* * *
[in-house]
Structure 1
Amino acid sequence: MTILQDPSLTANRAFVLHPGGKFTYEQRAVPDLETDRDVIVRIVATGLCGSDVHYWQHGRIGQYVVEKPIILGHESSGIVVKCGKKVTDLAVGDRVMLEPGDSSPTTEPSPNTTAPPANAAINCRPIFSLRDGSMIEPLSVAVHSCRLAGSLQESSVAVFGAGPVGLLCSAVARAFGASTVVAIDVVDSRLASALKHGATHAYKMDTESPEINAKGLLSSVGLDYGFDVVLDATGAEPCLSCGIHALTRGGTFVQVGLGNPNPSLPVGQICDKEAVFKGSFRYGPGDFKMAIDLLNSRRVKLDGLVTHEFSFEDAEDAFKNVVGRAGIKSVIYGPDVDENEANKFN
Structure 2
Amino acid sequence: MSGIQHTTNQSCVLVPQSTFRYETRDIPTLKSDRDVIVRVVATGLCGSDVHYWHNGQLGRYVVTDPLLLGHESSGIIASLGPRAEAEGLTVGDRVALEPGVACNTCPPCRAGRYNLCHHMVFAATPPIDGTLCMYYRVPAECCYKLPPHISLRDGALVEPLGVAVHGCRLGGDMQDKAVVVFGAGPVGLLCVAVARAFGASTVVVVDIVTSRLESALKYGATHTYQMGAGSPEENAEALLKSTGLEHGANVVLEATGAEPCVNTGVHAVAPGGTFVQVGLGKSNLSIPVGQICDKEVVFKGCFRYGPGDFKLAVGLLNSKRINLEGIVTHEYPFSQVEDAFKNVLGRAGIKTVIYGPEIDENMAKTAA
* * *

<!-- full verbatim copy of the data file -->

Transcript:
[in-house]
Structure 1
Amino acid sequence: MTILQDPSLTANRAFVLHPGGKFTYEQRAVPDLETDRDVIVRIVATGLCGSDVHYWQHGRIGQYVVEKPIILGHESSGIVVKCGKKVTDLAVGDRVMLEPGDSSPTTEPSPNTTAPPANAAINCRPIFSLRDGSMIEPLSVAVHSCRLAGSLQESSVAVFGAGPVGLLCSAVARAFGASTVVAIDVVDSRLASALKHGATHAYKMDTESPEINAKGLLSSVGLDYGFDVVLDATGAEPCLSCGIHALTRGGTFVQVGLGNPNPSLPVGQICDKEAVFKGSFRYGPGDFKMAIDLLNSRRVKLDGLVTHEFSFEDAEDAFKNVVGRAGIKSVIYGPDVDENEANKFN
Structure 2
Amino acid sequence: MSGIQHTTNQSCVLVPQSTFRYETRDIPTLKSDRDVIVRVVATGLCGSDVHYWHNGQLGRYVVTDPLLLGHESSGIIASLGPRAEAEGLTVGDRVALEPGVACNTCPPCRAGRYNLCHHMVFAATPPIDGTLCMYYRVPAECCYKLPPHISLRDGALVEPLGVAVHGCRLGGDMQDKAVVVFGAGPVGLLCVAVARAFGASTVVVVDIVTSRLESALKYGATHTYQMGAGSPEENAEALLKSTGLEHGANVVLEATGAEPCVNTGVHAVAPGGTFVQVGLGKSNLSIPVGQICDKEVVFKGCFRYGPGDFKLAVGLLNSKRINLEGIVTHEYPFSQVEDAFKNVLGRAGIKTVIYGPEIDENMAKTAA